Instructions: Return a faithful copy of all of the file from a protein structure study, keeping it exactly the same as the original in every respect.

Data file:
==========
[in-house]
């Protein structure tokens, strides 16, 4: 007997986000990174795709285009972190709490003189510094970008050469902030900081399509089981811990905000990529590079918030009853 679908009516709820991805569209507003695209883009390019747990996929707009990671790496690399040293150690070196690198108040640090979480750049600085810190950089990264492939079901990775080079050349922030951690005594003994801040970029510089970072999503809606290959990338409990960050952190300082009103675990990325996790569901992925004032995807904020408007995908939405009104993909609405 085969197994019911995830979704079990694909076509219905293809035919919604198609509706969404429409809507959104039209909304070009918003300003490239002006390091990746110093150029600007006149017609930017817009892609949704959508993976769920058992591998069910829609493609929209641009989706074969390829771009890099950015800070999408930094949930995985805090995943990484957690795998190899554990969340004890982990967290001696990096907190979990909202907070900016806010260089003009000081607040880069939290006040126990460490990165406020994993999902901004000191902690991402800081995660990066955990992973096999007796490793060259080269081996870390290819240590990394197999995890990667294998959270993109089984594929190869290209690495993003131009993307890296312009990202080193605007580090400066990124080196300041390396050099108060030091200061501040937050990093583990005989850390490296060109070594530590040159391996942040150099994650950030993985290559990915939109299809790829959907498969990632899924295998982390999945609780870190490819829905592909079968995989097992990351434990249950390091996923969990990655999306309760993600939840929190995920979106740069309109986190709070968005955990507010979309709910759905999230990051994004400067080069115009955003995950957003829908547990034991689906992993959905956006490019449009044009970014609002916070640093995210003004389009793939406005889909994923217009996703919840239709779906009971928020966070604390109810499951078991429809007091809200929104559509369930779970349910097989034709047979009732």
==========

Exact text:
[in-house]
């Protein structure tokens, strides 16, 4: 007997986000990174795709285009972190709490003189510094970008050469902030900081399509089981811990905000990529590079918030009853 679908009516709820991805569209507003695209883009390019747990996929707009990671790496690399040293150690070196690198108040640090979480750049600085810190950089990264492939079901990775080079050349922030951690005594003994801040970029510089970072999503809606290959990338409990960050952190300082009103675990990325996790569901992925004032995807904020408007995908939405009104993909609405 085969197994019911995830979704079990694909076509219905293809035919919604198609509706969404429409809507959104039209909304070009918003300003490239002006390091990746110093150029600007006149017609930017817009892609949704959508993976769920058992591998069910829609493609929209641009989706074969390829771009890099950015800070999408930094949930995985805090995943990484957690795998190899554990969340004890982990967290001696990096907190979990909202907070900016806010260089003009000081607040880069939290006040126990460490990165406020994993999902901004000191902690991402800081995660990066955990992973096999007796490793060259080269081996870390290819240590990394197999995890990667294998959270993109089984594929190869290209690495993003131009993307890296312009990202080193605007580090400066990124080196300041390396050099108060030091200061501040937050990093583990005989850390490296060109070594530590040159391996942040150099994650950030993985290559990915939109299809790829959907498969990632899924295998982390999945609780870190490819829905592909079968995989097992990351434990249950390091996923969990990655999306309760993600939840929190995920979106740069309109986190709070968005955990507010979309709910759905999230990051994004400067080069115009955003995950957003829908547990034991689906992993959905956006490019449009044009970014609002916070640093995210003004389009793939406005889909994923217009996703919840239709779906009971928020966070604390109810499951078991429809007091809200929104559509369930779970349910097989034709047979009732």